Kpalimé

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Kpalimé is a town in Togo, located in the Plateaux Region, about 120 kilometres north of Lomé, the capital city. It is the administrative capital of Kloto Prefecture and the fourth-largest town in Togo, with a population of around 101,088 people.

This town is known for its beautiful natural scenery, including its proximity to Mount Agou, the highest point in Togo, and Mount Kloto. The town is also a centre for the textile industry and is home to a vibrant market where you can find locally-made fabrics and other goods.

Map

Town information from Wikipedia

ID
105166
Name
Kpalimé
State ID
2577
State Code
P
State Name
Plateaux Region
Country ID
220
Country Code
TG
Country Name
Togo
Latitude
6.90000000
Longitude
0.63333000
WikiData ID
Q995413

Kpalimé is a city in the Plateaux Region of Togo, 120 km north of Lomé and 15 km from the border with Ghana. It is the administrative capital of Kloto Prefecture. Kpalimé has a population of 75,084, making it the fourth-biggest town in Togo, after Lomé, Sokodé and Kara. The town has a cathedral, a scientific lycée, and a post-office, as well as several banks, medical centres, pharmacies, cyber-cafés and petrol stations.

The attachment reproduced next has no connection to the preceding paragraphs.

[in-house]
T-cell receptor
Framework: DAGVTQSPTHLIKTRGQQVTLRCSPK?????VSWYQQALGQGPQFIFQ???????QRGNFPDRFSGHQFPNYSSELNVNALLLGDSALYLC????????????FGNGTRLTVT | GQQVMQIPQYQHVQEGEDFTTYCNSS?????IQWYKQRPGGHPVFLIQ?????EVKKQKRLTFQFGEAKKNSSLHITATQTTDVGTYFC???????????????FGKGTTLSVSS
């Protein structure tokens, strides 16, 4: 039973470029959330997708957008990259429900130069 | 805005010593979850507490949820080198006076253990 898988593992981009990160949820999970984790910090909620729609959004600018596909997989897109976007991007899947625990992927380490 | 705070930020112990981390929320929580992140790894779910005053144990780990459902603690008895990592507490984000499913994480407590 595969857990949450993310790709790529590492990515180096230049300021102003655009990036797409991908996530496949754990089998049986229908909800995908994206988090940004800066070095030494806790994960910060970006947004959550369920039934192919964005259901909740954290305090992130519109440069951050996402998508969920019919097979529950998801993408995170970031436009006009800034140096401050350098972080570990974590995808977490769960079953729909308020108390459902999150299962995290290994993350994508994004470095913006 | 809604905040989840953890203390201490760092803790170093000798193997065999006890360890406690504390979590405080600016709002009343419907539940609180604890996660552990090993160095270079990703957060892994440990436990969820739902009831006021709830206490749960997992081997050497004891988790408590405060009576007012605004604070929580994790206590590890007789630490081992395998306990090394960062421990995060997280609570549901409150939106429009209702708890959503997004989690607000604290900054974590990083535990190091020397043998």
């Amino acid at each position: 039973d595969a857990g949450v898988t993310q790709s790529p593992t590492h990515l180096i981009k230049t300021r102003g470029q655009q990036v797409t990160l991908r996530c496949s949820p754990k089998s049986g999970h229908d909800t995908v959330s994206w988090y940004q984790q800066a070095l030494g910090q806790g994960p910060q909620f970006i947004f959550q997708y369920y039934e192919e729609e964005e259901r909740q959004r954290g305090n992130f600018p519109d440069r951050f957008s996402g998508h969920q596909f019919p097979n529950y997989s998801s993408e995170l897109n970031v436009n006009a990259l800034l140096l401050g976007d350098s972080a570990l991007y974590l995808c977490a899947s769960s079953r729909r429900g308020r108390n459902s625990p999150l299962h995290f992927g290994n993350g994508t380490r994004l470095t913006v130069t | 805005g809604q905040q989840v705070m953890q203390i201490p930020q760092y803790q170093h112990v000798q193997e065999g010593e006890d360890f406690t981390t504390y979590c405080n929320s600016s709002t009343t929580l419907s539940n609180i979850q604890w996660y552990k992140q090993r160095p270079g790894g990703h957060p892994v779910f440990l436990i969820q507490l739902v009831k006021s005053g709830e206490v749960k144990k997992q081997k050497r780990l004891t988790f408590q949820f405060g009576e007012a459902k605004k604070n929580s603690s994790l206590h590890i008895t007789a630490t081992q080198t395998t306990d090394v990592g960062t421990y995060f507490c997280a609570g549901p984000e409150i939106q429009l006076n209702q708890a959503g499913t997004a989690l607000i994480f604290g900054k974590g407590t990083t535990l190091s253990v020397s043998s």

History

Pre-colonial period (before 1890)

Kpalimé was originally called Agomé-Kpalimé, being one of the villages of the Agomé people. Their origins can probably be traced to Yorubaland in modern Nigeria, and in particular to two cities: Ifè (the religious center) and Oyo (the political and administrative center). Migrants gradually moved west, settling in Kétou (Benin), Tado (Togo), and eventually founding the town of Notsé.

King Agokoli, who ruled Notsé in the early 18th century, was a tyrant. This caused many people to flee, taking refuge in Gamé. There were three main groups of fugitives, one of which was made up of Agomé, Agou, Kpélé, Danyi, Gbi, Peki, Kpando, Matsè and Wodzo people.

Their migration eventually led them to Anidi on Mount Kloto (then named Méléku), which is located 13 km north west of Kpalimé. The Agomé consisted of five clans led by a chief called Tsali. There, they were free to practice activities such as agriculture, hunting, farming, fishing, crafts and trade.

However, it was common for tensions to break out among migrants on their arrival in a new location, and the Agomé were no exception. They quarreled over a goat's head, and since the conflict could not be resolved to everyone's satisfaction, some of the elders decided to leave Anidi and go and live on the plain.

The first group went to live on the lower slopes of the mountain, in a place where the trees were called "Yoti", hence the name Agomé-Yo. The second group settled on a rise at the foot of the Kouma Plateau. This became known as Agomé-Kpodzi. The third group settled in a place they named Agomé-Koussountou. The fourth group crossed the river and founded Agomé-Tomégbé. The fifth group moved to "Mokpalipé", meaning crossroads, and the pronunciation gradually evolved into "Kpalime".